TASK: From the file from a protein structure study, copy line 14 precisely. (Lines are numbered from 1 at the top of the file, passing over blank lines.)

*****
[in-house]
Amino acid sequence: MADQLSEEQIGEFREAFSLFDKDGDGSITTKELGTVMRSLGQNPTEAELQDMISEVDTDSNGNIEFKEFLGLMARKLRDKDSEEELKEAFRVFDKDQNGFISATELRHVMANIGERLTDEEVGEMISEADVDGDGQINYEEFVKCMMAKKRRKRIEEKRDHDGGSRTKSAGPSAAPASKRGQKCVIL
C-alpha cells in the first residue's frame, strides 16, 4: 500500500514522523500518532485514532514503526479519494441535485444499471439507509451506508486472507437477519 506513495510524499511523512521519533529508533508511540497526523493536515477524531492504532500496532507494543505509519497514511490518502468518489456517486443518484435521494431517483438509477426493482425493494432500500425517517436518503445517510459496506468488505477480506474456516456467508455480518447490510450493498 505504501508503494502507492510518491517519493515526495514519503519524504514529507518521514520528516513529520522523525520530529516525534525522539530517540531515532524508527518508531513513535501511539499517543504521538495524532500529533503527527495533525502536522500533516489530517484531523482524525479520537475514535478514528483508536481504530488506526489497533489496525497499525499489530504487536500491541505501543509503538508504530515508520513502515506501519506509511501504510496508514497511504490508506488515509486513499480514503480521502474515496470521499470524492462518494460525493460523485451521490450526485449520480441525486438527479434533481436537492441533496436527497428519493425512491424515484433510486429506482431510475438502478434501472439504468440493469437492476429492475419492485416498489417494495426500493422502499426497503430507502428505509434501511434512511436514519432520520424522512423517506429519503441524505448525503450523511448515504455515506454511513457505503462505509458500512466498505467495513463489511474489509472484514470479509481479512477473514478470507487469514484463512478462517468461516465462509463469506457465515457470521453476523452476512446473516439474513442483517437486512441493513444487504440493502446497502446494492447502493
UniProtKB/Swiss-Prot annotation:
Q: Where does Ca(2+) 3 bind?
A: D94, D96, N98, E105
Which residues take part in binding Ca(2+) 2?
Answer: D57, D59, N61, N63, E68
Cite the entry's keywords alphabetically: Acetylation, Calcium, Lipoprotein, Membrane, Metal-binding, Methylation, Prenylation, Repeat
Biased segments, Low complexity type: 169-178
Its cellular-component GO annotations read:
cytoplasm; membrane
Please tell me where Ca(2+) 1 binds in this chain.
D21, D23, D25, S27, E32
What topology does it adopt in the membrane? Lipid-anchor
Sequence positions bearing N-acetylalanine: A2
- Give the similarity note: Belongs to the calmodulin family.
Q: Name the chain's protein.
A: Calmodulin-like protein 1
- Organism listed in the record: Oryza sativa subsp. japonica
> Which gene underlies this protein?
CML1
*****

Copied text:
D21, D23, D25, S27, E32